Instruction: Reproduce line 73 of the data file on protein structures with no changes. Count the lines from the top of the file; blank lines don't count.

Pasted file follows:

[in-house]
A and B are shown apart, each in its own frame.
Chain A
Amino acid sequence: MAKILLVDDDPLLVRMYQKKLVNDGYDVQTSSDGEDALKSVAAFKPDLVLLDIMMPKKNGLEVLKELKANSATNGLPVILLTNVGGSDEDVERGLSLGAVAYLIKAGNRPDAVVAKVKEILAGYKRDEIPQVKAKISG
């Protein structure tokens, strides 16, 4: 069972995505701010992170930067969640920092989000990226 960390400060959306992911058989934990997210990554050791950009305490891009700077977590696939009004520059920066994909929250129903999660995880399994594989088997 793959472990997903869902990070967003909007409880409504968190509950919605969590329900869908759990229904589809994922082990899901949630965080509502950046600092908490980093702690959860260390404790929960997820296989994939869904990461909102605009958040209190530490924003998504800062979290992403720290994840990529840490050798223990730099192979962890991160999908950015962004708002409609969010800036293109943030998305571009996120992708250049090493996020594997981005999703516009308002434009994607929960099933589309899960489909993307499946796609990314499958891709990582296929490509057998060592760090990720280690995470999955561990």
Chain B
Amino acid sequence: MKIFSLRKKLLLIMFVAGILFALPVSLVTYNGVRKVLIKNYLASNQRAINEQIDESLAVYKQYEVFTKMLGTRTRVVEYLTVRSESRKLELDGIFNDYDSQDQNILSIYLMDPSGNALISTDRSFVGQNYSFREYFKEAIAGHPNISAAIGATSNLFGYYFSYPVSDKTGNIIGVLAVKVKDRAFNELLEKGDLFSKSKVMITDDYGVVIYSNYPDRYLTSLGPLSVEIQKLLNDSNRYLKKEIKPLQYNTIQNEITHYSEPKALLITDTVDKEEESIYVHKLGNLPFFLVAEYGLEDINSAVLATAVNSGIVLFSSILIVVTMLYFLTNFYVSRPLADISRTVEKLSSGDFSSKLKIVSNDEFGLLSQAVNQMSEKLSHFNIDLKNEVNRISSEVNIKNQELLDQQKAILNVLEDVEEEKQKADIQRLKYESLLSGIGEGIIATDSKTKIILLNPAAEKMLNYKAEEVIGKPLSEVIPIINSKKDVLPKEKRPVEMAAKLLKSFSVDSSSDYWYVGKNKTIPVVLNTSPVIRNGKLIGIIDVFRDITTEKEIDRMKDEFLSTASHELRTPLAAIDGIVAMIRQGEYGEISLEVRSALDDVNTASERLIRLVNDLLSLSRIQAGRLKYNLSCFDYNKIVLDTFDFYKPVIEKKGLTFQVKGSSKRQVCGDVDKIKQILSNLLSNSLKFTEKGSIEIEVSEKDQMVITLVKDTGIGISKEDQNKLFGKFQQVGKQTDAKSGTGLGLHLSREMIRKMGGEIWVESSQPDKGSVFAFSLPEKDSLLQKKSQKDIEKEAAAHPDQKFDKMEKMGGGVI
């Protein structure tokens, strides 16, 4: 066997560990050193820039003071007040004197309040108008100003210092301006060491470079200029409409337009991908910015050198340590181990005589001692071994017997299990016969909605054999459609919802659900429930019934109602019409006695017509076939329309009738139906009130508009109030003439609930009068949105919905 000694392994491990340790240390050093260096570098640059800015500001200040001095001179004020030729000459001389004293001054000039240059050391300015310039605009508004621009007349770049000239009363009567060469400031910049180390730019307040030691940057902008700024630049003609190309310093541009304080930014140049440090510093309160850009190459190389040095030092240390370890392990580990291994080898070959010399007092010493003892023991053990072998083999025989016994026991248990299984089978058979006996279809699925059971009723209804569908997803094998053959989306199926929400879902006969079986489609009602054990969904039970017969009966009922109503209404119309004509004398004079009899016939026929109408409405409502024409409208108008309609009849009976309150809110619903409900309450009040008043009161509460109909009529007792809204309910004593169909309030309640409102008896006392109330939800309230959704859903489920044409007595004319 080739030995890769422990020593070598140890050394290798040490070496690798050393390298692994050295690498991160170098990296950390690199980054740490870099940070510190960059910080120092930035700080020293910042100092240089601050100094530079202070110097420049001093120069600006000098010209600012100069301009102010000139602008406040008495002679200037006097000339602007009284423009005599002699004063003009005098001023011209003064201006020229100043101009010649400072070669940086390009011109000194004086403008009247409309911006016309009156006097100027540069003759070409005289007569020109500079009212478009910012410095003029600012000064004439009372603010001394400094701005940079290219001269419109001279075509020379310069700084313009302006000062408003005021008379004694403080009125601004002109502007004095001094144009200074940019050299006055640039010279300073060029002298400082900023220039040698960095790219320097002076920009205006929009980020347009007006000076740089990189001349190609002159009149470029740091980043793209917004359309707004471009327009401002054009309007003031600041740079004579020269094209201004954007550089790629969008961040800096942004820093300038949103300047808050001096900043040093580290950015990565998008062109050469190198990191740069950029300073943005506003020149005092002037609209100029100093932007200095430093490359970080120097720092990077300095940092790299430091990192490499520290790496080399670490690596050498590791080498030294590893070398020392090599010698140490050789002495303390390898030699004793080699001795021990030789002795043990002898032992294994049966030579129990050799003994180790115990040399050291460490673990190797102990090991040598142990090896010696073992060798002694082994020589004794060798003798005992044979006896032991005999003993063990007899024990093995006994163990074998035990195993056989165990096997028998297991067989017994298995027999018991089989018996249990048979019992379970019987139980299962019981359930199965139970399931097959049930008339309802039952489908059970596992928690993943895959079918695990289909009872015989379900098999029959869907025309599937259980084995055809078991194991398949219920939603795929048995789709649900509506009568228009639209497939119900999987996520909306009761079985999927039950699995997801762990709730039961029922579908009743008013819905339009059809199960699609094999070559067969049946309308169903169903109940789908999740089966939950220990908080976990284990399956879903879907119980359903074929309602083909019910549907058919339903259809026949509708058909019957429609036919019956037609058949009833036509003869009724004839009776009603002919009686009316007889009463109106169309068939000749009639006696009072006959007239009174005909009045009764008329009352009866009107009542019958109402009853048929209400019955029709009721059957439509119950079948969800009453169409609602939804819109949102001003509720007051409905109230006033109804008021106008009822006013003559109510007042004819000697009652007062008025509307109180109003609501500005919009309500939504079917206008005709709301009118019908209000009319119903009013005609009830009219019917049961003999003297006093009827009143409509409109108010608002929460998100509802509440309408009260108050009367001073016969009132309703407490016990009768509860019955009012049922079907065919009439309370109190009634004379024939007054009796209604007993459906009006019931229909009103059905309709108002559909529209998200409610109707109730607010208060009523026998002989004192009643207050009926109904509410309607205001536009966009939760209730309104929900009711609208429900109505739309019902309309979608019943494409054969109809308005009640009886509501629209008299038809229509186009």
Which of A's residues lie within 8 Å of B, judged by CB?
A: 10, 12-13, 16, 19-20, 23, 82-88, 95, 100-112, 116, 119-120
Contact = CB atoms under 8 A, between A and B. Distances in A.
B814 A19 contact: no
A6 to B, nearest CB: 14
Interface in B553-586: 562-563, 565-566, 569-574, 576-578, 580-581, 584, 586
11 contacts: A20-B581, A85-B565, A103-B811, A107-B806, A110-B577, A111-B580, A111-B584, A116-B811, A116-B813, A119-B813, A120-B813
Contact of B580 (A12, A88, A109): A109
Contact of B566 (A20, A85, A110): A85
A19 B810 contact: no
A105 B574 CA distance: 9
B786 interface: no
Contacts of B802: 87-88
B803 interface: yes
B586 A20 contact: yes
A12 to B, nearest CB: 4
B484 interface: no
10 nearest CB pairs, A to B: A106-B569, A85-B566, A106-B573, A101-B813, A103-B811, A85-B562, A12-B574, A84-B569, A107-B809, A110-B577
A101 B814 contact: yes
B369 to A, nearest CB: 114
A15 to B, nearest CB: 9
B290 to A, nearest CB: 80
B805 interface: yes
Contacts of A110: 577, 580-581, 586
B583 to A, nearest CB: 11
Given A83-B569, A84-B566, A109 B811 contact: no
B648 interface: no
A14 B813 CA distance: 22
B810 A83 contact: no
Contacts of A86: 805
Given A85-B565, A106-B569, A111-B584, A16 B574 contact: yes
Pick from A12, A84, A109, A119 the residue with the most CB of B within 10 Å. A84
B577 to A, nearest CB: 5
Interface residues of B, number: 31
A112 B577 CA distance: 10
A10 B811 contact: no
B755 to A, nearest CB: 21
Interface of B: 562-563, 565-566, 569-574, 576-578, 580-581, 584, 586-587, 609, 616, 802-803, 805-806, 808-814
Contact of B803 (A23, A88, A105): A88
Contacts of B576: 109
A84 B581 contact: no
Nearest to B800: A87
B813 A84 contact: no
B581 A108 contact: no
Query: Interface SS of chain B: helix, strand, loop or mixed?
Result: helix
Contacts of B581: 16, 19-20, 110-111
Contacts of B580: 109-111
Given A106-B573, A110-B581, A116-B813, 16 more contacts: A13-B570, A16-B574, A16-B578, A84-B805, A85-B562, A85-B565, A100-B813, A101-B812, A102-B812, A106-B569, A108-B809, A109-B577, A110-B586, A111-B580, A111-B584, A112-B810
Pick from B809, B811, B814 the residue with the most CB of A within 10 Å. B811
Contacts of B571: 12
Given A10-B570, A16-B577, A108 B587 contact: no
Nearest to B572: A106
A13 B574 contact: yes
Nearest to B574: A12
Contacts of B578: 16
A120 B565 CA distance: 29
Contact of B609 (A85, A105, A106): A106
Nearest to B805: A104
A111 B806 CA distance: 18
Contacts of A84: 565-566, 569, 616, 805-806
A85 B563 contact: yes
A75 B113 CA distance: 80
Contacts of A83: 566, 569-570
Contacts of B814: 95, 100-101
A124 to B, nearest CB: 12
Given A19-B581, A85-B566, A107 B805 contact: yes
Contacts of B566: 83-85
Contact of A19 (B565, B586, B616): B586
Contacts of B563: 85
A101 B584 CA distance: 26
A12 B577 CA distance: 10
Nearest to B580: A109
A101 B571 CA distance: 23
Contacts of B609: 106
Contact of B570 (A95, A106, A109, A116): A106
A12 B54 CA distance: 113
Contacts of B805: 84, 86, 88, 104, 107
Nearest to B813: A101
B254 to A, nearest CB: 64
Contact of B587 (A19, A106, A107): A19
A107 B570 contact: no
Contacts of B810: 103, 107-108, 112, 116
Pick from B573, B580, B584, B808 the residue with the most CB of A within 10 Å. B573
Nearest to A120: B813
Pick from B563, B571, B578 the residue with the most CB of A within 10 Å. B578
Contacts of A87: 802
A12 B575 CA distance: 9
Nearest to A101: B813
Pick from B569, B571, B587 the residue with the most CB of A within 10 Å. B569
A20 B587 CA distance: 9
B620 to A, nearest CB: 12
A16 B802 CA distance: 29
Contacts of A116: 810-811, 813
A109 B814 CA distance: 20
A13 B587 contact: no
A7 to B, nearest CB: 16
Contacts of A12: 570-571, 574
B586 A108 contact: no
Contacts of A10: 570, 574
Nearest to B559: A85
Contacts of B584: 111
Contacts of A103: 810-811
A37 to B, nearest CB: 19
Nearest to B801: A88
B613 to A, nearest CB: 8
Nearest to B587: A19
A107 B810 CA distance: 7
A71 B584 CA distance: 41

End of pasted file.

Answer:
Contacts of B814: 95, 100-101